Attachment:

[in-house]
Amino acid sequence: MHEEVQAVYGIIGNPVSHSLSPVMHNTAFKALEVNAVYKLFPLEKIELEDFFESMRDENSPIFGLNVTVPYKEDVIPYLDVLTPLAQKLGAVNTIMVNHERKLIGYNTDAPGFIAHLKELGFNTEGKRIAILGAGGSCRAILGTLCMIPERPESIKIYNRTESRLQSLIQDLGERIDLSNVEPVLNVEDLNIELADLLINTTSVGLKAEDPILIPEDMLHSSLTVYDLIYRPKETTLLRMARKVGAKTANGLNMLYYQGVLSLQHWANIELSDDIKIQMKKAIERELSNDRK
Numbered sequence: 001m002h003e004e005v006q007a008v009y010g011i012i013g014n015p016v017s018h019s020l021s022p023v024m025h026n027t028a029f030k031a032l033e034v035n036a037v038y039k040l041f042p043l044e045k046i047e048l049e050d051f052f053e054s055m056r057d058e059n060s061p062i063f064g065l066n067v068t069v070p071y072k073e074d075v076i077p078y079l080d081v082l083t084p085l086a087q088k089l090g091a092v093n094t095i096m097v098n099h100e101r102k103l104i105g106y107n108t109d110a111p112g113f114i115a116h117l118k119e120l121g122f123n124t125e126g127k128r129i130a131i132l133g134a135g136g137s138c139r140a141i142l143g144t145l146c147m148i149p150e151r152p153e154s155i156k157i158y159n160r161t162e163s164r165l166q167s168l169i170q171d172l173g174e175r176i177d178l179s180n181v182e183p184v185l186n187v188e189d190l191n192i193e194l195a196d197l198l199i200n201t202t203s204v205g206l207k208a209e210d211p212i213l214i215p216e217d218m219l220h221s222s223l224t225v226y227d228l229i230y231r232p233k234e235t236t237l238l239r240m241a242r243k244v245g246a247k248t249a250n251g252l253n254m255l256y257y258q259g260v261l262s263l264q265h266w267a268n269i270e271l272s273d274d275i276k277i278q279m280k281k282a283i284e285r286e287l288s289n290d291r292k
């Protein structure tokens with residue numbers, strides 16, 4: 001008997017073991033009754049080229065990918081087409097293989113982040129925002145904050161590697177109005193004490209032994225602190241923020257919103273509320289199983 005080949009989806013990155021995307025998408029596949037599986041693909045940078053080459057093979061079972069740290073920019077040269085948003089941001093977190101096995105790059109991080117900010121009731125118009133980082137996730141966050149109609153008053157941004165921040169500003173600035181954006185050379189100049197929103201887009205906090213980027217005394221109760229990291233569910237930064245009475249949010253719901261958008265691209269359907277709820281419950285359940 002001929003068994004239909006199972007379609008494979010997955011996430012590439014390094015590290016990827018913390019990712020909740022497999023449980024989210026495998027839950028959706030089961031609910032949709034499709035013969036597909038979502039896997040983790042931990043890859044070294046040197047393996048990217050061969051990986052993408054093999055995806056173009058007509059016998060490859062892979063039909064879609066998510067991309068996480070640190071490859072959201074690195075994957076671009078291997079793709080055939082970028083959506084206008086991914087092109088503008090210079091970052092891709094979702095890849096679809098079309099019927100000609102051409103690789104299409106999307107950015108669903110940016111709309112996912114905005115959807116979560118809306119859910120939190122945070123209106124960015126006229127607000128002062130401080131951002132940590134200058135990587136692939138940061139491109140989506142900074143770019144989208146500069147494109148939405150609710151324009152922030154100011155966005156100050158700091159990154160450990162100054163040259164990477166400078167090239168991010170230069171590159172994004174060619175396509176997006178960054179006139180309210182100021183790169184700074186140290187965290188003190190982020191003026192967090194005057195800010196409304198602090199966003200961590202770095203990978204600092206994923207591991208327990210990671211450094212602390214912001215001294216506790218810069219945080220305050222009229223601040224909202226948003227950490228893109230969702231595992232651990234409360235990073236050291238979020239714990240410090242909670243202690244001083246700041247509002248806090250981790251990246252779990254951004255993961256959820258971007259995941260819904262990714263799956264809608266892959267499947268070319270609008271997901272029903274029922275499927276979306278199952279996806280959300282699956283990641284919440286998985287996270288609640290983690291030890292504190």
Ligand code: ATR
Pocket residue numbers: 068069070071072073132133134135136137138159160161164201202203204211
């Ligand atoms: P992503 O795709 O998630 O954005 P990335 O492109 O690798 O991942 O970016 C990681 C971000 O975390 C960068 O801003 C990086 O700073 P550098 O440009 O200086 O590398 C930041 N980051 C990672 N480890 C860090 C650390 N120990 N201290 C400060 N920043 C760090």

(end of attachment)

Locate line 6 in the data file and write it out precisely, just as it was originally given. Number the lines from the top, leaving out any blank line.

Pocket residue numbers: 068069070071072073132133134135136137138159160161164201202203204211